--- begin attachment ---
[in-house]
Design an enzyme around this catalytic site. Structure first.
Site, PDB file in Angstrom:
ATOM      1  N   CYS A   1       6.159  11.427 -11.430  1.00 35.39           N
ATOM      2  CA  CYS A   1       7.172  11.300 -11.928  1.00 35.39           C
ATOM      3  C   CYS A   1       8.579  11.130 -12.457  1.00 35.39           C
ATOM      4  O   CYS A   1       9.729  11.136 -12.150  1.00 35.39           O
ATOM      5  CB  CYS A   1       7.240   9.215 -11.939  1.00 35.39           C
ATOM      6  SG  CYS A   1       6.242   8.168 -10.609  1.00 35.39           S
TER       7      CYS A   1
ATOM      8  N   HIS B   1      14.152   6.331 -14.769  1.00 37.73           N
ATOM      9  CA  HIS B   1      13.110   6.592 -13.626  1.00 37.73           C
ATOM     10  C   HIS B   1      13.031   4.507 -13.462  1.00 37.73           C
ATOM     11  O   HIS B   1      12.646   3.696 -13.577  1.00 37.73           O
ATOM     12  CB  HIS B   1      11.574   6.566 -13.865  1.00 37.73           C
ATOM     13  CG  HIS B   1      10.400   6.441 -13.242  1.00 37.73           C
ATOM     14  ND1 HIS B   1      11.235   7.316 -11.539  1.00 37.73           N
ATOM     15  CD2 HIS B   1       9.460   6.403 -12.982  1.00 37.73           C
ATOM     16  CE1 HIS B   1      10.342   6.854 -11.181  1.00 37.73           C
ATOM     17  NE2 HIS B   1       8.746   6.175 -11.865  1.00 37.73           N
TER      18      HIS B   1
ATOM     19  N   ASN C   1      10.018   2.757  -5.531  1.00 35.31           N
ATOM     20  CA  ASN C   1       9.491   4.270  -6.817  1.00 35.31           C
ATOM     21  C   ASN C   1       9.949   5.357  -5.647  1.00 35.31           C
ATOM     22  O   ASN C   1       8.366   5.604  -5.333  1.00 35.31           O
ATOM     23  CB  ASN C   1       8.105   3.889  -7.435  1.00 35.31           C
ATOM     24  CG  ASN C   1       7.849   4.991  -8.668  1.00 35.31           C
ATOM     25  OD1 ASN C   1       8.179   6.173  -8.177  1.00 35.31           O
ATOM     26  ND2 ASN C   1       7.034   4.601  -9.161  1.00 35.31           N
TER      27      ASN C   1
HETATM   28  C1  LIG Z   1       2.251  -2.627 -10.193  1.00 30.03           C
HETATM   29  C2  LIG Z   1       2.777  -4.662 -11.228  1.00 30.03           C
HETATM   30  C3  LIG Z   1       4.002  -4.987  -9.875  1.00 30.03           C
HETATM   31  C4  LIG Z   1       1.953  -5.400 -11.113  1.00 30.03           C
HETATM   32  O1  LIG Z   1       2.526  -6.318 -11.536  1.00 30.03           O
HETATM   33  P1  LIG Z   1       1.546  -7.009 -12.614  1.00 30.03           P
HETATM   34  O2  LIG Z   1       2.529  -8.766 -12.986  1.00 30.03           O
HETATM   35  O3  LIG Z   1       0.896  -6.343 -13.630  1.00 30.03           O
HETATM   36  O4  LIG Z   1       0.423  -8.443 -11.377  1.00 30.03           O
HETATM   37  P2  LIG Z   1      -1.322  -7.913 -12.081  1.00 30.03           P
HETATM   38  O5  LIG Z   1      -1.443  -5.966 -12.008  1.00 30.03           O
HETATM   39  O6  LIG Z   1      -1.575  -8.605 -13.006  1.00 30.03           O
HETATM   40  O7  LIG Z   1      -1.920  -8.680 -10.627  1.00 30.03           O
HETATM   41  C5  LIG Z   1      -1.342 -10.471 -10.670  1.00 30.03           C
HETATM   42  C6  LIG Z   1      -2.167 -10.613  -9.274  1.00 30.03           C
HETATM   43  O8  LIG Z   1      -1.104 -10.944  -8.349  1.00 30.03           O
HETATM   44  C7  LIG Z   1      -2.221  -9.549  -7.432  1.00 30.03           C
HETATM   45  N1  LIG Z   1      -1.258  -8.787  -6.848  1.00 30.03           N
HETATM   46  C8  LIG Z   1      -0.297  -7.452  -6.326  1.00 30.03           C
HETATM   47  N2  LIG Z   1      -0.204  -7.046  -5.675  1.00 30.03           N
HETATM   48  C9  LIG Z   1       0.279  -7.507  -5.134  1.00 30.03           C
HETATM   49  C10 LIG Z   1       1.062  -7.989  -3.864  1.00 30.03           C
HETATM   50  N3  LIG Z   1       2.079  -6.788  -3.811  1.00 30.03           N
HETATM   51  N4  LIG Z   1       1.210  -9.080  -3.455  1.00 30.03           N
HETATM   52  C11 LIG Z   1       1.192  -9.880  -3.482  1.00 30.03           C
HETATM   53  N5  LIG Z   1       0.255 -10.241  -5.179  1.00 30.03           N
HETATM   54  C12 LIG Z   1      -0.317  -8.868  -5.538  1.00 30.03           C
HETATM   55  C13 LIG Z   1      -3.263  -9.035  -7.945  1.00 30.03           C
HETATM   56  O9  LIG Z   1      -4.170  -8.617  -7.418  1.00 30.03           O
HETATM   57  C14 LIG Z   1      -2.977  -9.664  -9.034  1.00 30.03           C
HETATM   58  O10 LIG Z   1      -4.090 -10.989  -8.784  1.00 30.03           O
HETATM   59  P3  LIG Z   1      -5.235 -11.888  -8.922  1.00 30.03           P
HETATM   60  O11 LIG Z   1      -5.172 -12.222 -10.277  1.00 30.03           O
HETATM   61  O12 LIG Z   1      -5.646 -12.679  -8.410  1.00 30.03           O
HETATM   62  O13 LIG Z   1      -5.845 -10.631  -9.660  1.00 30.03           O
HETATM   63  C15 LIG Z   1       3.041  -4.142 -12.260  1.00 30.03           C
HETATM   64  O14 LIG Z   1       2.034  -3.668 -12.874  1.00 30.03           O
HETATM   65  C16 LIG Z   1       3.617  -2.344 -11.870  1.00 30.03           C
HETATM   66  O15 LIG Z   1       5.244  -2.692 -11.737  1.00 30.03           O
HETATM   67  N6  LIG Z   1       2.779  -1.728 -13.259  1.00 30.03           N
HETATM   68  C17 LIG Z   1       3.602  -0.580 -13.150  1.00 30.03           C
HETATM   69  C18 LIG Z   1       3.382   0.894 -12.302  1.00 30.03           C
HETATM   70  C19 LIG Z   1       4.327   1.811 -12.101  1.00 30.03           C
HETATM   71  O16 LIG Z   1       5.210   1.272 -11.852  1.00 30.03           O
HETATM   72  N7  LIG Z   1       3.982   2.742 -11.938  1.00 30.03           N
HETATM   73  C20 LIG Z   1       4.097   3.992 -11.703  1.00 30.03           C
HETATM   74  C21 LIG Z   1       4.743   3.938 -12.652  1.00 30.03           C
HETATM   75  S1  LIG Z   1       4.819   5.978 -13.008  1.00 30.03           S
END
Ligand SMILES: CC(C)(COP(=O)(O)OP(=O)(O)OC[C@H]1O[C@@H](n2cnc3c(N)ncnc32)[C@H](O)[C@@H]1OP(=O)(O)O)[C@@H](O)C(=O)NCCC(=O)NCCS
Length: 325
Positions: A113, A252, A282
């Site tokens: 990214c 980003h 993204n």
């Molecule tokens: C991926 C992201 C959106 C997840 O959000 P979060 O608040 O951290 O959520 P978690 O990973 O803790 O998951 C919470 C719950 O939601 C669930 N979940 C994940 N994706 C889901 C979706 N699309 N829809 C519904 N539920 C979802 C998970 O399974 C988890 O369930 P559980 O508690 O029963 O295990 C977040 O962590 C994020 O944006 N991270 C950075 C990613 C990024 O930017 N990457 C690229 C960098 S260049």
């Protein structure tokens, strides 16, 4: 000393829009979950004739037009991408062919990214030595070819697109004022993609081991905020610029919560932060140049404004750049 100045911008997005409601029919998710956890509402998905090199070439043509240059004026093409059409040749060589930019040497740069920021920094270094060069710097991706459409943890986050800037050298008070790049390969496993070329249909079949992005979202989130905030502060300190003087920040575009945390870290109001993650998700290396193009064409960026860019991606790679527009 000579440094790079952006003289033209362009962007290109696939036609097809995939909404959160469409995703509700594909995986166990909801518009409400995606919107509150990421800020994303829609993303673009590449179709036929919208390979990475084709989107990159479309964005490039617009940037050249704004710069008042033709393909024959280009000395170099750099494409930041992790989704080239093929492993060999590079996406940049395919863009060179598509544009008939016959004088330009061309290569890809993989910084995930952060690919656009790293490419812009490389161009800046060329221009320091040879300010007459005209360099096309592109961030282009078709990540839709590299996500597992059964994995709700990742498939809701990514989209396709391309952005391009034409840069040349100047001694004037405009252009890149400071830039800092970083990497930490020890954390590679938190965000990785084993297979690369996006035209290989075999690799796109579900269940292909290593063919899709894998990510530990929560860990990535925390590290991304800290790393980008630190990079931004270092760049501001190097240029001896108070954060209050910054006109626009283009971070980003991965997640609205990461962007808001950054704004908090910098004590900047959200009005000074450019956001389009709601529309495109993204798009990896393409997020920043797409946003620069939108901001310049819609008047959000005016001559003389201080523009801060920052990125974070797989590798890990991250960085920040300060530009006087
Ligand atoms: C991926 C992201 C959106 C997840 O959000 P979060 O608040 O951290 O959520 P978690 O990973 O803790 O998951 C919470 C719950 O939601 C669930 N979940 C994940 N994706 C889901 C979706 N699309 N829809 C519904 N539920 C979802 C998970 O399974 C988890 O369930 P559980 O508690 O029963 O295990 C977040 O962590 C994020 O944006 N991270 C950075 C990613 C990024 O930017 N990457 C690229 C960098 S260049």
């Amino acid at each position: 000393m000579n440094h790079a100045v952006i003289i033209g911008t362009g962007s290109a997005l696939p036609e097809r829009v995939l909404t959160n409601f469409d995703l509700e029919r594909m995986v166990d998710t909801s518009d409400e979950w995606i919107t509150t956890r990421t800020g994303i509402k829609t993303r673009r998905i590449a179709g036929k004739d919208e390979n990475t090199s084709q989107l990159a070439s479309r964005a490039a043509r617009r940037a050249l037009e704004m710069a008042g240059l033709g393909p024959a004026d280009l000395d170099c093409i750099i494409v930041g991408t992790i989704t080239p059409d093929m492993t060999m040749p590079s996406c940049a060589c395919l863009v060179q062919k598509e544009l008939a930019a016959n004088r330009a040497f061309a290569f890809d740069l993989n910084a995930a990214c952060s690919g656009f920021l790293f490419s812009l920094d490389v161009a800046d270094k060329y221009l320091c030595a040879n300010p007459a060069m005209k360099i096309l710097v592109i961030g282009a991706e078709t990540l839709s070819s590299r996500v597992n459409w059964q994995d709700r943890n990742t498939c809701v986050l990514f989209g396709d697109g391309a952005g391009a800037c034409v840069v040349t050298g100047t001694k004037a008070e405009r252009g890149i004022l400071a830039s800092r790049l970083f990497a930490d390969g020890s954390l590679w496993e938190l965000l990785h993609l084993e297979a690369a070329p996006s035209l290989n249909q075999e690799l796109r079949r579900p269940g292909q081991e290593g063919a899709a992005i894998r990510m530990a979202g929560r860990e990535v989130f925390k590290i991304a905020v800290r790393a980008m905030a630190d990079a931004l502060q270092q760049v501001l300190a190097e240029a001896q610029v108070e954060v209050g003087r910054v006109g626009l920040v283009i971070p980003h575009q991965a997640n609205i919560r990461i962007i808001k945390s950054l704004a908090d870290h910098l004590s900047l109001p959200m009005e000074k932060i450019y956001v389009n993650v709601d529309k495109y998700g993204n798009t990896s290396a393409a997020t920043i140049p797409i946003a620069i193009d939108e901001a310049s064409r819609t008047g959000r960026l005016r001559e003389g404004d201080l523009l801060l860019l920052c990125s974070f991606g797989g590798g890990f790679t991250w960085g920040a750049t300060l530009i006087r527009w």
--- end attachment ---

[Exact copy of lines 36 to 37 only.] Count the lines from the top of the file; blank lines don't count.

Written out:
HETATM   33  P1  LIG Z   1       1.546  -7.009 -12.614  1.00 30.03           P
HETATM   34  O2  LIG Z   1       2.529  -8.766 -12.986  1.00 30.03           O